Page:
After the athletics of the stile brillante that mark the opening movement, The Larghetto in A-flat Major grants us a magical repose of ineffable beauty. The passing ornaments and roulades move with a silken, gliding motion that will remind many auditors of some “golden age” pianism, echoes of Rubinstein, Friedman, and Rosenthal, and Hofmann. The radiant light suddenly assumes a threatening cast, agitated, fraught with thoughts of the mortal storm. Liszt referred to the dark passages as containing “tender pathos,” and the sentiment proves apt. Trifonov’s transition to the da capo has the transparent magic of a musical box. The bassoon enters in canon, and the sonic blend, adding a horn, enjoys the intimacy of refined chamber music. The lilting mazurka rhythms of the evanescent last movement, Allegro vivace, project the Polish national spirit in direct terms, semplice e grazioso. The col legno effects in the strings still manage a piquant, flirtatiously operatic suasion, especially as Pletnev’s maintains a light hand on the proceedings. A hunting-horn motif sends Trifonov on spirited, cascading runs while the orchestra adds a national pageantry to a crystalline keyboard wash of ecstatic sound.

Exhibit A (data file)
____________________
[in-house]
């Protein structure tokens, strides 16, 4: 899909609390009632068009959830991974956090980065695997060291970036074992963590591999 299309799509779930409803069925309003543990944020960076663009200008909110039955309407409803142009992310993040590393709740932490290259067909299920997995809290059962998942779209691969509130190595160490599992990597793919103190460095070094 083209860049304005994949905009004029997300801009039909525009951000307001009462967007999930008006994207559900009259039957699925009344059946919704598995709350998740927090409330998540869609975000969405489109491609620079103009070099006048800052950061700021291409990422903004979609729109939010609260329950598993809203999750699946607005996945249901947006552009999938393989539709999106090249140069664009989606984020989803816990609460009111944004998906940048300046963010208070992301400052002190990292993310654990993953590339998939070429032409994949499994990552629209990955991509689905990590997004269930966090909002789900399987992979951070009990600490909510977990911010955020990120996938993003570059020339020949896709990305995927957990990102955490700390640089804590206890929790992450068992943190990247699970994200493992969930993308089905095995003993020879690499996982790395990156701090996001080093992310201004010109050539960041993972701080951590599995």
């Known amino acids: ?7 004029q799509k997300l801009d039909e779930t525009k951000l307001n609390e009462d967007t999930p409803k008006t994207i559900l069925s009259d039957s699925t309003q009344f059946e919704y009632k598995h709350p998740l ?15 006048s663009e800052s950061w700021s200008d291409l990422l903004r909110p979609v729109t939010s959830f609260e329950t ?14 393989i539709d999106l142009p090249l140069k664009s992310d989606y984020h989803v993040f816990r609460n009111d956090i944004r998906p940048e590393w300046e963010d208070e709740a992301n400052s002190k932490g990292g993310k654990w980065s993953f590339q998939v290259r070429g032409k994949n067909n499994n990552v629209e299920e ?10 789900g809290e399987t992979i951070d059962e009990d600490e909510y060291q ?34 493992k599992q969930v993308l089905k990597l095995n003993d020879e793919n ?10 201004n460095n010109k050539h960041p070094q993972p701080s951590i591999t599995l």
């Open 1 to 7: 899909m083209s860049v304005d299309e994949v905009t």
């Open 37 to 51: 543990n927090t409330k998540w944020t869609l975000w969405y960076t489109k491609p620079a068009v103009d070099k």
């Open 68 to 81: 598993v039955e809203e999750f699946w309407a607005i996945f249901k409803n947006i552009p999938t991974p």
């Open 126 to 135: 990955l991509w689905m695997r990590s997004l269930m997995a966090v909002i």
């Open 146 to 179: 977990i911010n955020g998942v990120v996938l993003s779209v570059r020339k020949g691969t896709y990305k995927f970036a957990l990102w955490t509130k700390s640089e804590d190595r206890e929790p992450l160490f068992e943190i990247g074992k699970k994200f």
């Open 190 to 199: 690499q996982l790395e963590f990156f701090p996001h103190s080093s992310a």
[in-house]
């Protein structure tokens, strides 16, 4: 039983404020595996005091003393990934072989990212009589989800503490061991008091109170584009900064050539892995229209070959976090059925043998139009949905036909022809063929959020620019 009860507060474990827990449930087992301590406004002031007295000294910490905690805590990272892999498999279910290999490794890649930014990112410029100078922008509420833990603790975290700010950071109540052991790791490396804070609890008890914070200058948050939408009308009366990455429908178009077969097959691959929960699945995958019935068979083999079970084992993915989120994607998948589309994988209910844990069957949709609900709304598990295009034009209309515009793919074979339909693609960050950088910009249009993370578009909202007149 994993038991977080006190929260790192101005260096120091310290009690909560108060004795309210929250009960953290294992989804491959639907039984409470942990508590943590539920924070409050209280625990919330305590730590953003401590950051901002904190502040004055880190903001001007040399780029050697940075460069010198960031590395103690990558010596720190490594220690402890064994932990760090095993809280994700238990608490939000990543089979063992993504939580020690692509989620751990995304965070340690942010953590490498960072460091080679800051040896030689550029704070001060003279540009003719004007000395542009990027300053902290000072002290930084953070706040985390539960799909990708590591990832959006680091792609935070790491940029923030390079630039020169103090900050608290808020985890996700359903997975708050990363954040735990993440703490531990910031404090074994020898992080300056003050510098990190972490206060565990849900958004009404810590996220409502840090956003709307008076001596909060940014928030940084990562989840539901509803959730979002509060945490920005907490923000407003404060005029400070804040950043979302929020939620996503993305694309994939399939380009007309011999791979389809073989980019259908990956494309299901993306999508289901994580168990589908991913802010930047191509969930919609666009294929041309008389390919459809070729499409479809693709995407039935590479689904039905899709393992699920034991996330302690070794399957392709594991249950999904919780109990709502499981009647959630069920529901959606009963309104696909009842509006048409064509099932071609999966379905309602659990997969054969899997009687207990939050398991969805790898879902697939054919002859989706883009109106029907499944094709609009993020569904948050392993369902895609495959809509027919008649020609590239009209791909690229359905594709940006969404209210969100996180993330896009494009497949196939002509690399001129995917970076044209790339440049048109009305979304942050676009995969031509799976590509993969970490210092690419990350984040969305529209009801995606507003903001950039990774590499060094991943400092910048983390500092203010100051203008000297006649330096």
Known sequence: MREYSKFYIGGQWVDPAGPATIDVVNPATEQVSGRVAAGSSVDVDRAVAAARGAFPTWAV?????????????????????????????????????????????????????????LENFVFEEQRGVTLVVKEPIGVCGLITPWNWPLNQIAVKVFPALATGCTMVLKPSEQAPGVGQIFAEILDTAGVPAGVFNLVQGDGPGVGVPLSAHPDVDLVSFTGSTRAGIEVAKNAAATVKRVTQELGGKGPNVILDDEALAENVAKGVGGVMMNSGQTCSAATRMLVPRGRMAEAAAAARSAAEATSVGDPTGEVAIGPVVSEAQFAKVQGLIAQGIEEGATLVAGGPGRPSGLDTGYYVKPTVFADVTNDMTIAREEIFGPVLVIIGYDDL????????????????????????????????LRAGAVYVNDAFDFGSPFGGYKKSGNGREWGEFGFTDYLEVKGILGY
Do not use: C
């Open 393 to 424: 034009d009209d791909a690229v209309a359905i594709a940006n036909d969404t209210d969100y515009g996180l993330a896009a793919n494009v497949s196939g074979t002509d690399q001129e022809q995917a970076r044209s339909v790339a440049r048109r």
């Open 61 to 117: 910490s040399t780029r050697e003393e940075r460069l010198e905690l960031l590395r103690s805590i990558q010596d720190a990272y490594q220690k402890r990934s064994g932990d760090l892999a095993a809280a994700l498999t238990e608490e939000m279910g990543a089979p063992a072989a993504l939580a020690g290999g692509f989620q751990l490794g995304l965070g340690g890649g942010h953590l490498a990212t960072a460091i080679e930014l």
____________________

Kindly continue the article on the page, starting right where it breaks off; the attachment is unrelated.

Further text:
Robert Schumann went into hyperbolic raptures upon hearing Chopin’s 1831 Variations on Mozart’s “La ci darem la mano” from Don Giovanni. The harmonic daring of the piece may not impress us so extravagantly, but for a twenty-one-year-old virtuoso, the application of his own bel canto style and innate bravura to Mozart still injects spice and vinegar in new bottles. The opening B-flat Major setting virtually adumbrates all the variants that ensue. Between dainty modesty and boldly assertive flamboyance, the six variations and coda (Alla polacca) invest the imaginative response with lyricism, drama, polyphony, and much in the manner of keyboard etude-instruction. The Adagio section certainly anticipates the wonders of the later nocturnes, while the Polacca speaks for itself and a cultural movement.